1996 ‘Debut’ Museum of fine arts, Valleta 1998 ‘Twelve’, Karmenu Mangion Gallery, Swatar 2005 ‘Of lines and drawings’ St James Cavalier, Valletta 2018 ‘Works ’ Cavalieri Art Hotel, St Julians 2019 ‘50 Shades of colour’ Casino Notabile, Mdina
Nicholas De Piro acknowledges the aims, intellect and style of Victor Manduca’s show of works at Casino Notabile in Mdina
Victor Manduca is more than a painter of pictures. He has looked hard, everywhere at every form of art, creative, ingenious, stunning and simple. He has approached pinnacles, the heights, the goals, of both talent and intellect. He has searched boldly all the way from old masters to the present.
He has dabbled sometimes painfully, sometimes radiantly with his own interpretations of what he felt inspired the genius of the past in France, England and Italy, yes, and Spain and the Americas. He has taken in the naïve and the sophisticated, the serious and the fickle as well as misery and delight. He has looked at the orient. He is culturally equipped, now more than ever, to fuel his own vehicle of creativity and to drive it without shyness, hesitation or doubt. He is now undoubtedly there.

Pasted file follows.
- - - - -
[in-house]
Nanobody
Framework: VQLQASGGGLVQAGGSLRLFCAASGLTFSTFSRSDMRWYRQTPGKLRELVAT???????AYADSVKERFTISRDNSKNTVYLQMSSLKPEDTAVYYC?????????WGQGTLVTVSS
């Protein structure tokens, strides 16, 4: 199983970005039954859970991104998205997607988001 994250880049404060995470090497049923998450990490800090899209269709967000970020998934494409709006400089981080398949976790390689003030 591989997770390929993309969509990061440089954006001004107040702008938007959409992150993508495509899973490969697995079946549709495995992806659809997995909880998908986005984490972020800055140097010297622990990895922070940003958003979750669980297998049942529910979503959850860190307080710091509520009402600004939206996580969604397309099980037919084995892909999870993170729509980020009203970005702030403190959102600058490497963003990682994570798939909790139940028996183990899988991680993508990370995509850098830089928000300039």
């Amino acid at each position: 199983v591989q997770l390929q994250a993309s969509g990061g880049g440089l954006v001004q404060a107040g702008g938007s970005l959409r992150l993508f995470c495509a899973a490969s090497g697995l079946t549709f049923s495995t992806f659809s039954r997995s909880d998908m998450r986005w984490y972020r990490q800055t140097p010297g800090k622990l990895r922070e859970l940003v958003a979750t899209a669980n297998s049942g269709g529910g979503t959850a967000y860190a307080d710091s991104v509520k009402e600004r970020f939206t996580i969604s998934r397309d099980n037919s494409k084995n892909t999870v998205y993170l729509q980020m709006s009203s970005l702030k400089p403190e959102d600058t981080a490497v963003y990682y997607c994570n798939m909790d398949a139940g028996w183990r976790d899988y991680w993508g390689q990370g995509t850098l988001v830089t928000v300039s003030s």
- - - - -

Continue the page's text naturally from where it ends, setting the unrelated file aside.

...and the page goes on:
His exhibition tests our personal education with strong stylised hints from the greatest painters. Much of what Manduca shares with us is clearly exciting to him and valid to the appreciative. He has the ability, certainly as far as I am concerned, to make me want to remove a cherished picture off the wall and replace it with one of his. Richard England saw the artist’s talent all the way back to his first exhibition and now for his sixth show he deserves recognition as one of a few, right up there.
His new exhibition divided into Fifty Shades of Colour and Fifty Shades of Black tests our personal education with strong stylised hints from the greatest painters, to political satire, even from the US to Albrecht Dürer and all the way to John Singer Sargent and on to Egon Schiele! I got an oriental glimpse or two here and there and much admired a resilient set of pictures of a variety of our fish pictured and aptly named Qarnita, Stilla and Żiemel Tal-Baħar, and also Ċipullazz. There is so much more as I consider the artist’s pondering and sympathies, and there is possibly smile, perhaps even a hug at the Surrealists. I was always moved and hopefully able to recognise the aims, the intellect and the style of Manduca. On this occasion I am pleased to report that he is truly on form.